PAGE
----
Please can you introduce yourself and tell us a little about your work?
Hello, I’m Sky of Sky Siouki. I graduated from Nottingham Trent University last year with a first class honours in textile design. I moved to Southville, Bristol in March and am loving living here. I’m specialised in digitally printed textiles and sell luxury cushions, lavender bags, linen notebooks and greetings cards. My aim is to offer beautiful unique textiles that are also ethically produced in the UK. The collection is called ‘A Curious Kingdom’ indulging in vivid, fantastical ideals, suggestive of a vintage children's storybook.
Apart from creating things what else do you do?
I love to cook and bake so I’m often in the kitchen if I’m not creating. My latest favourite is a butternut squash lasagna recipe I found online. I also like to go for walks in the countryside, or just anywhere where there’s a good view from the top. When I’m in my hometown in Dorset I’m lucky enough to be able to potter down to the beach whenever it’s sunny and have a swim if I’m feeling brave enough. I’m quite partial to a good old fashioned board game on the rainier days and snuggling up with a film in the evenings.
When did you know you were an artist/maker?
Always! My parents both have very creative backgrounds and I think my mum secretly had it planned for me since I was in the womb. I remember she used to stretch a big sheet of paper on a board for me and then let me loose with sponges, pens, glitter and a shoebox full of assorted sweet wrappers and fabric scraps. She also taught me to sew pretty early on so I’d always be making somewhat ragged outfits for my dolls or little homemade gifts. No matter how roughly made my creations were, she’d always refuse to throw them out. For a little while when I was twelve I wanted to be a novelist, but choosing to do art at school was always an easy decision. Now I’m running my own business a flair for creative writing comes in pretty handy anyway.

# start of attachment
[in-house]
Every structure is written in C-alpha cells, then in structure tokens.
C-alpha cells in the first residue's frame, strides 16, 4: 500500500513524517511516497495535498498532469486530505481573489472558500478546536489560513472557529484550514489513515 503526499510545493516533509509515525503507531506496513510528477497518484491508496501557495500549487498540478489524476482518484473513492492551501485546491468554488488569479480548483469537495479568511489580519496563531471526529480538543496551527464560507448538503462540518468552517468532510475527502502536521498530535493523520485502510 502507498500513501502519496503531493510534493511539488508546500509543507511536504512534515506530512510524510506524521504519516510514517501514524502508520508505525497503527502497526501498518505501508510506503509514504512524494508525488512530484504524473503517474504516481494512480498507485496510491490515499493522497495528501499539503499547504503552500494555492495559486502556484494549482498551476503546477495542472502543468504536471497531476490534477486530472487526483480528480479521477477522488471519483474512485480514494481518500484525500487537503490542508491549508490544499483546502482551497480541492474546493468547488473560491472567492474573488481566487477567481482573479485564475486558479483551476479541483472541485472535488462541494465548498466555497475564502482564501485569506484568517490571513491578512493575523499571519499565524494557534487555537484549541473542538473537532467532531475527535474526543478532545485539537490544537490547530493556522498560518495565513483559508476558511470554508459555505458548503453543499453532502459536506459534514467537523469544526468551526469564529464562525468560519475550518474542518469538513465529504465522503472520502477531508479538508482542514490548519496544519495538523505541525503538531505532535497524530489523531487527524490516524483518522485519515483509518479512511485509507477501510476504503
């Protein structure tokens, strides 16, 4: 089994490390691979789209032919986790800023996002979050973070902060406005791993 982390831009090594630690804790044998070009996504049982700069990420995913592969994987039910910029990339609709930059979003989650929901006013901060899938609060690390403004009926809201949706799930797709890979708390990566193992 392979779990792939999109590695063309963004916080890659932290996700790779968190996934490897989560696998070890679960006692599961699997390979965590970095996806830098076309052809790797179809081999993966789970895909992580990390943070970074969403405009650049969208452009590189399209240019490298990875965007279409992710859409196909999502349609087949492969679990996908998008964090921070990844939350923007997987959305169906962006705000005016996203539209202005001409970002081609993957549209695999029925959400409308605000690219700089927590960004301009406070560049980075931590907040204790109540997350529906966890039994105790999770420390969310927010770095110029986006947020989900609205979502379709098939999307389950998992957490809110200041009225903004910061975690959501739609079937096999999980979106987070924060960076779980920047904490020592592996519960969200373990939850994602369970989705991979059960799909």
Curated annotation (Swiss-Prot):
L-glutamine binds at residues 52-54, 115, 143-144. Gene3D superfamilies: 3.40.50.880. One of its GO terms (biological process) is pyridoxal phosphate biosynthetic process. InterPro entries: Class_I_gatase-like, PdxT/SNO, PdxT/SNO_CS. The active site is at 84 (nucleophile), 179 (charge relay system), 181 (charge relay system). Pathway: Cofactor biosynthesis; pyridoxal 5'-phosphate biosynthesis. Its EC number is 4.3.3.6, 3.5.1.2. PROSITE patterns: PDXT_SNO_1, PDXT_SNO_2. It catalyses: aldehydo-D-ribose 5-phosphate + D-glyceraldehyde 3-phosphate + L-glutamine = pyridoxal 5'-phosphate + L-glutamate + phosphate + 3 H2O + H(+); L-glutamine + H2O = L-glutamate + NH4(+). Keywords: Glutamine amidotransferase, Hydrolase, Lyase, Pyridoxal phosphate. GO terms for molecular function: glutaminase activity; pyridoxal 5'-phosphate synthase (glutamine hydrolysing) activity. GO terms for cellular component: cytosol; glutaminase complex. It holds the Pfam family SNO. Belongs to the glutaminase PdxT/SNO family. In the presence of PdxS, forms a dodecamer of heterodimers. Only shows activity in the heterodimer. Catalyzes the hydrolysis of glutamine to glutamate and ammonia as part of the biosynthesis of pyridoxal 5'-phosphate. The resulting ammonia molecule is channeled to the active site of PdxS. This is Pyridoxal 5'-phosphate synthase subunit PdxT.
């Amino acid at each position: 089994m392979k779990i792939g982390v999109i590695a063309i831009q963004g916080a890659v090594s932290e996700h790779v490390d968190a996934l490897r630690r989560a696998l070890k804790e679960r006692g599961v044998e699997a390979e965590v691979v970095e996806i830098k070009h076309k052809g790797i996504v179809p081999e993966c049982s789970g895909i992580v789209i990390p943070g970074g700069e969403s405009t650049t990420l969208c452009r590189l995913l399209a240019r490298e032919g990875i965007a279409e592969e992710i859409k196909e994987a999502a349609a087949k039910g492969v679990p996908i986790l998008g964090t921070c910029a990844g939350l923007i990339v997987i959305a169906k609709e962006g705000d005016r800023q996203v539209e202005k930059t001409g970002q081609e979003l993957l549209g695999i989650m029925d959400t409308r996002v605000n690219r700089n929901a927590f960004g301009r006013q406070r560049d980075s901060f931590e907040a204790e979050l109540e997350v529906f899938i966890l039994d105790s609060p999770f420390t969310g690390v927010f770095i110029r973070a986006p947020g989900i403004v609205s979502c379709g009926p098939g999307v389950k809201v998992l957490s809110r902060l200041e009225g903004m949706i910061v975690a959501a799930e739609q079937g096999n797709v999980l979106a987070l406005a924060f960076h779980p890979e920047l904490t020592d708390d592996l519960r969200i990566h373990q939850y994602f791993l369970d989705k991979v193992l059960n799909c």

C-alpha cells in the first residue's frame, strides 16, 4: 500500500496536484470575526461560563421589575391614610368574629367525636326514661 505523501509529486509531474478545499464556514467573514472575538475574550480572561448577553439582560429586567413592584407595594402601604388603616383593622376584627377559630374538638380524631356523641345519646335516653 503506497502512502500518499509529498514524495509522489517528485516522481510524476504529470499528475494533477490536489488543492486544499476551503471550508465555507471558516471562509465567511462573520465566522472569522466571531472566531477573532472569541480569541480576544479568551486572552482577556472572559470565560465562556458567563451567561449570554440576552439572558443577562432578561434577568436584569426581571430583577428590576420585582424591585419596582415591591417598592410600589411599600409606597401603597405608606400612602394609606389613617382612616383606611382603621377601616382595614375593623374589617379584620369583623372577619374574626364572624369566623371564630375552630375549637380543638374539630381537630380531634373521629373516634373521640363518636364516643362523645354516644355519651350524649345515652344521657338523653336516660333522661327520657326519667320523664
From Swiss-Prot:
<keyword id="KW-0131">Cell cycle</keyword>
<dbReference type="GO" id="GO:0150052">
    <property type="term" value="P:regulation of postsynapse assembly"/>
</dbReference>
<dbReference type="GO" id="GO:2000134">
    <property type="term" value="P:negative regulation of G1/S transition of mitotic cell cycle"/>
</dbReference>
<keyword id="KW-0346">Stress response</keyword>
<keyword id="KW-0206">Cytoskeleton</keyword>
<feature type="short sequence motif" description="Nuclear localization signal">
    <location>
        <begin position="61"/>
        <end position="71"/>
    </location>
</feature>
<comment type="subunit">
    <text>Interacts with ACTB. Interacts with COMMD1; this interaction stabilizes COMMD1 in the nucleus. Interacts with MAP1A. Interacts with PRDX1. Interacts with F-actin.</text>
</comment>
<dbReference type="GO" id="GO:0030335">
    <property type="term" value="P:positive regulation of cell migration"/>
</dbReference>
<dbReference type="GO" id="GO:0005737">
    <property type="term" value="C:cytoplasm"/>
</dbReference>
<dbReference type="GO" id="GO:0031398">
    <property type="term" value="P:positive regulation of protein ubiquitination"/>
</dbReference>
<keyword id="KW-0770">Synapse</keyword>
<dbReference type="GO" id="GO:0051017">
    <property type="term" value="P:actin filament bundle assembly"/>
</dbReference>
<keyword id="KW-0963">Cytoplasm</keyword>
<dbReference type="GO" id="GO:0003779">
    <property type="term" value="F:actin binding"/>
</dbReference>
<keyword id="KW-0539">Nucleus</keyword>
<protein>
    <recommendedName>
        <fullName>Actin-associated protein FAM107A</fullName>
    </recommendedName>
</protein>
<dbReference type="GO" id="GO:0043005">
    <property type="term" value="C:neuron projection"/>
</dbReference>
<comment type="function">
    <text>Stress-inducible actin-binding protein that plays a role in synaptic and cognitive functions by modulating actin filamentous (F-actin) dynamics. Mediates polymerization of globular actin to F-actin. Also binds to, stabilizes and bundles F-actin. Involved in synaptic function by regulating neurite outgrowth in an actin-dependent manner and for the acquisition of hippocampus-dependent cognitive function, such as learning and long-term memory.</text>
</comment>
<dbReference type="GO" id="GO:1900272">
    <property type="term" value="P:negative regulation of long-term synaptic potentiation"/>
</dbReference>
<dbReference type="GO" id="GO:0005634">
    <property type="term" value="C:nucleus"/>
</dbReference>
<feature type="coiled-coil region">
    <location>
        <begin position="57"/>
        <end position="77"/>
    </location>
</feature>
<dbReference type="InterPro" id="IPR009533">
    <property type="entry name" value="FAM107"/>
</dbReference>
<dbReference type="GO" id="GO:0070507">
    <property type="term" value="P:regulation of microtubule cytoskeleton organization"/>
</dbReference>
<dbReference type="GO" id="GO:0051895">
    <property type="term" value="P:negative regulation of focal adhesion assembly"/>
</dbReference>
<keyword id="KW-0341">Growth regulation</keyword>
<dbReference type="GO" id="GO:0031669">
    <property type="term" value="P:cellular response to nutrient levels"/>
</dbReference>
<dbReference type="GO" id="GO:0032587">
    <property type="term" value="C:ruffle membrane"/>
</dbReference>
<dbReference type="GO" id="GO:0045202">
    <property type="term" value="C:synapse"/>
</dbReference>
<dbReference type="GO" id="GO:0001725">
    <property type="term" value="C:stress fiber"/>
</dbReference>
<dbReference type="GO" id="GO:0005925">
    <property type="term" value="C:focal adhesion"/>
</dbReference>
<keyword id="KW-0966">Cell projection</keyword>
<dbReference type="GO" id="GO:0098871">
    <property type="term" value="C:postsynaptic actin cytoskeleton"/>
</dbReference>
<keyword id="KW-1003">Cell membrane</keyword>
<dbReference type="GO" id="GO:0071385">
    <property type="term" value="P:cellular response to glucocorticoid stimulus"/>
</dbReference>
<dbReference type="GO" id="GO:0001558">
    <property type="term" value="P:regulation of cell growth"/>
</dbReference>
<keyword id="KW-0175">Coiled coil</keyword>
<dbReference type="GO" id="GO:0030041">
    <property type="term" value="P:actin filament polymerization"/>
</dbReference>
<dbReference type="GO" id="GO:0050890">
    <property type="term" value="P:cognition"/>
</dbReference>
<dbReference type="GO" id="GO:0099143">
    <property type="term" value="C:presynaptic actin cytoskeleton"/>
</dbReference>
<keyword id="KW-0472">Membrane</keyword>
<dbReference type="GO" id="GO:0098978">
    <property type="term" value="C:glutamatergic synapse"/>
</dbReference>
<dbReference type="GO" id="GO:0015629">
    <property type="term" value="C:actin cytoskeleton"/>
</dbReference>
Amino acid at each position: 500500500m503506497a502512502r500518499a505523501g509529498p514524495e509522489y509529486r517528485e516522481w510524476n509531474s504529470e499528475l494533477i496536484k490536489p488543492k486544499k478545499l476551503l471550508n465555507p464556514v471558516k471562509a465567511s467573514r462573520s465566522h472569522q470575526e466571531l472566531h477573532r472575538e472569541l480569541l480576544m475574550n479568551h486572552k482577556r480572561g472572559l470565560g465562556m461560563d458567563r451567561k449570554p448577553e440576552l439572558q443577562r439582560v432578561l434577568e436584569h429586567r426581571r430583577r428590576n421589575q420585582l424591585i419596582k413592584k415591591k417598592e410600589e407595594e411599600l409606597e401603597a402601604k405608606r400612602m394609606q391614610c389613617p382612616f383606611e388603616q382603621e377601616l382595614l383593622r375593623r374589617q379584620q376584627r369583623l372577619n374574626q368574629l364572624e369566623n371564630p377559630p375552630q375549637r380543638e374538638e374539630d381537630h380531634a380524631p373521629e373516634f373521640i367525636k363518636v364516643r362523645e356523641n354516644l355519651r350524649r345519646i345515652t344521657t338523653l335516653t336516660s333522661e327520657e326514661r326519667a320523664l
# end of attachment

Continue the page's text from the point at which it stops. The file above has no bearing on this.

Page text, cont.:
What do you love most about working in your chosen discipline?
The way that printing onto fabric compliments my designs. Seeing the designs on-screen or printed onto paper compared to how they look on fabric is always so different and each type of fabric has it’s own qualities that enhance a design differently. The velvet for example makes the colour and intensity of a design so vivid and strong whereas the silk shows a lot more of the small details and gives hints of unexpected iridescent colour even within greys and browns.
Where does your inspiration come from?
Wildlife has always been the foundation of my inspiration for a project. With this collection I wanted to create my own imagined wonderland full of kittens, rabbits, eagles and mythical horses. My inspiration came from quite an eclectic range of sources; from fairytales, vintage imagery and other textile designers to collage, photography and abstract painters. Once I’ve gathered lots of research I spend good solid few weeks filling my sketchbook.
Describe your studio or workspace?